Nature Calls: Barnstormers! - Times LIVE
   
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Mon May 29 22:51:19 SAST 2017

Nature Calls: Barnstormers!

Claire Keeton | 2016-10-17 08:12:16.0
TAWNY: Toddlers in Alexandra get a look at a nest of owlets that are ready to be fed and nurtured. The Township Owl Box Project introduces owlets to schools in Gauteng, where the birds are hand-reared and fed by pupils before being released into the area, where they will control rodents
Image by: Supplied

Kelly Sekgota feared owls before she started hand-rearing a pair of barn owls at her school on the edge of Alexandra .

"I was scared of the myth that owls were used for witchcraft, but I found out they were friendly birds," said Sekgota, a pupil in Grade 9 at Marlboro Gardens Combined School - one of 63 schools in Gauteng to take part in the Township Owl Box Project.

Alexandra now has more owls than nearby Sandton.

The initiative benefits urban wildlife and the people because owls catch rodents, which spread disease and plague residents.

There nocturnal birds of prey get secure roosting boxes on school grounds and more than 88000 students have learnt about the value of barn owls in the environment through the project.

As Sekgota says: "My friends thought I was weird, but they are getting it. The owls help us catch lots of rats."

Project co-ordinator Kefiloe Motaung works with students, teachers and principals to prepare them for owl releases at their schools.

Her team brings them a pair of young owls in a pen. They must be fed for 21 days while they acclimatise to their new environment.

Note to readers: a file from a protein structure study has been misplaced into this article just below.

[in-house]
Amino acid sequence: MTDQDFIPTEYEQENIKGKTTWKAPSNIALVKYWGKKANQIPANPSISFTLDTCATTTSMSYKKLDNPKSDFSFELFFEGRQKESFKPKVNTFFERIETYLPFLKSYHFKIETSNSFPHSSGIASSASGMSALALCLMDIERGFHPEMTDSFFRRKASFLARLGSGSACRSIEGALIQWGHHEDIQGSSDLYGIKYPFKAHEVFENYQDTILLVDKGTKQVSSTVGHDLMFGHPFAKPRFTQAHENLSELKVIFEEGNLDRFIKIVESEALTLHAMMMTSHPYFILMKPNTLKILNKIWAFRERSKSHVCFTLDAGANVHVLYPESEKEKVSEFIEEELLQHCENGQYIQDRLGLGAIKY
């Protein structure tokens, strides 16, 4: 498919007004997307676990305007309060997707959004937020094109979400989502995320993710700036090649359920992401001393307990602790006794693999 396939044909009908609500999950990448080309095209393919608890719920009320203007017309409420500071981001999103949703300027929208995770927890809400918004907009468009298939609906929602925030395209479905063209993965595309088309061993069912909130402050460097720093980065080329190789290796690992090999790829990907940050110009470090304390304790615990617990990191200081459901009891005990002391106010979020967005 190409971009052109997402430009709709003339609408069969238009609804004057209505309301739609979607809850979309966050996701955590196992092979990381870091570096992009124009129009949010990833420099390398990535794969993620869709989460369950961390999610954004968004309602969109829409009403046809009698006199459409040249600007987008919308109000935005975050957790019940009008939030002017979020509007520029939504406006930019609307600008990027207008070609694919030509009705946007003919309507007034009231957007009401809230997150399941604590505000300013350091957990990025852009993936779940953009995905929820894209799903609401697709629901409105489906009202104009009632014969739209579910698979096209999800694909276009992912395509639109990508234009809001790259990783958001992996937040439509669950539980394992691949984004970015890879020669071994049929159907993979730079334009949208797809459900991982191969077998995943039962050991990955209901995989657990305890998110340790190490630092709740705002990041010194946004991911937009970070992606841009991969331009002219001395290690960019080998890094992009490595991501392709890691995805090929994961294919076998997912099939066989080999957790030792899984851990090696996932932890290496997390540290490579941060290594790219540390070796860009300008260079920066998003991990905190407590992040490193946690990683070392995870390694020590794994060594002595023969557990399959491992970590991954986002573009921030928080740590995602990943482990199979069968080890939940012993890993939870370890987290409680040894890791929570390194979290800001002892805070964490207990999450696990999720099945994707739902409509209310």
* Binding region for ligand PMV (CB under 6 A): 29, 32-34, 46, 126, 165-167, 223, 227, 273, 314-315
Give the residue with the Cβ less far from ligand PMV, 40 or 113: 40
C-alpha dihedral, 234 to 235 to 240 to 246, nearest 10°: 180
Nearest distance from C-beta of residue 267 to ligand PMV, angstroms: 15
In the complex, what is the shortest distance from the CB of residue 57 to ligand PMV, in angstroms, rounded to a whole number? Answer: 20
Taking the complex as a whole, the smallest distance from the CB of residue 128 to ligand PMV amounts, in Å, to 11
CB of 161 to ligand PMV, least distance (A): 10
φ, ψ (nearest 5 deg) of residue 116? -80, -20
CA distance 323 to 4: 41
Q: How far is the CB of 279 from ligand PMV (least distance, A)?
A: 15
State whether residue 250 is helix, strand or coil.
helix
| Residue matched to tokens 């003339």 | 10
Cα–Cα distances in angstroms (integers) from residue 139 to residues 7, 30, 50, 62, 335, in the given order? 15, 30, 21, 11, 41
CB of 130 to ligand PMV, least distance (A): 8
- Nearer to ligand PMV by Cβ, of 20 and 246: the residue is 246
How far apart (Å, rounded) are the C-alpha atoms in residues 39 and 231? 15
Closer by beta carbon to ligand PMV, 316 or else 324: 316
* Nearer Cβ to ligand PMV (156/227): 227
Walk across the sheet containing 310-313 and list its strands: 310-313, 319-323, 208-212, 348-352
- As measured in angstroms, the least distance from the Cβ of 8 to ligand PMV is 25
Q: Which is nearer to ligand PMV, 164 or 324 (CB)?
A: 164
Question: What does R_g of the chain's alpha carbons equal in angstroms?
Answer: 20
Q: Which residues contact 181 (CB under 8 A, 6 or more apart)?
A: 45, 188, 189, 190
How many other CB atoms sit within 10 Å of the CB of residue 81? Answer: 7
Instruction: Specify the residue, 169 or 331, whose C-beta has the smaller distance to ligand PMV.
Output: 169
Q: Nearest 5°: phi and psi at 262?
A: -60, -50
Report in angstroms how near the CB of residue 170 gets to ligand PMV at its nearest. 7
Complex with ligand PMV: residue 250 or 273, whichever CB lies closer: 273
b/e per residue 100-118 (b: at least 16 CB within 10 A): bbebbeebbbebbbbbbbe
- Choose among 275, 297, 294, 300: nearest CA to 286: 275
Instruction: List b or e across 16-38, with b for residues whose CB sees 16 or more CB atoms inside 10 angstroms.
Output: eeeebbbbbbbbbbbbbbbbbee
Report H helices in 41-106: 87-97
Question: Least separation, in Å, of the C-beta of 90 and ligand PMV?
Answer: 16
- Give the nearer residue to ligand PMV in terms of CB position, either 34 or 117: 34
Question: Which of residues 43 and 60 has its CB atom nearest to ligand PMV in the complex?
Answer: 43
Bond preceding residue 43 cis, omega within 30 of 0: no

Every week they assess the owls to see if they are ready for release and an owl box is put up in a tree or on a pole close by.

Ideally, the owls will mate and roost in the boxes. During a recent release one of the pair flew onto the school roof and the other straight into the owl box.

Michael Mokgaua, 14, said he had heard owls were evil, but he has discovered they were "just regular birds".

Barn owls, a pale species with a distinctive screech, have "nice big eyes and are beautiful", says student Razzaaq Sharmar.

Idah Chueu, 15, thinks the project is cool. "The owls are sweet and I've realised the many folk tales about owls are just a lie."

Molefe Motlhabane, 14, said his family was grateful that he was "doing something for the community".

Teacher Motlatsi Zulu started the project after seeing a programme on preventing young people becoming juvenile offenders.

She says: "They found that people who were in jail had often been abusive to animals, so this programme targets young people to look after animals."

The infestation of rodents in Alex was her other motivation to invite the owl project to Marlboro Gardens Combined School.

"I took about 10 learners and they were trained to feed the owls in the morning and afternoons. They loved doing it and looked forward to it."

She first saw the owl boxes at Waterfall Country Estate, north of Johannesburg.

Waterfall Country Estate supports the original urban owl box project, which was started by Jonathan Haw, in his initiative to control pests without poisons in residential areas.

In the suburbs, spotted eagle owls are most likely to move into the boxes and on a sunny morning we saw Hussein Moyo ringing three owlets on a balcony in the Waterfall Hills Retirement Estate.

They were still fluffy, but hissed fiercely at Moyo and his assistant when they picked them up.

Moyo rings the owlets before they fly so that Haw can monitor the owl boxes and their populations.

Haw, the founder and director of EcoSolutions, said that many of the species driven out of cities were now gradually making their way back into built-up areas.

Genets and insect-eating bats are examples of this trend.

He says: "Johannesburg has a hearty population of genets and their numbers are increasing every year and the same urban environment which is attracting owls is attracting certain types of bats."

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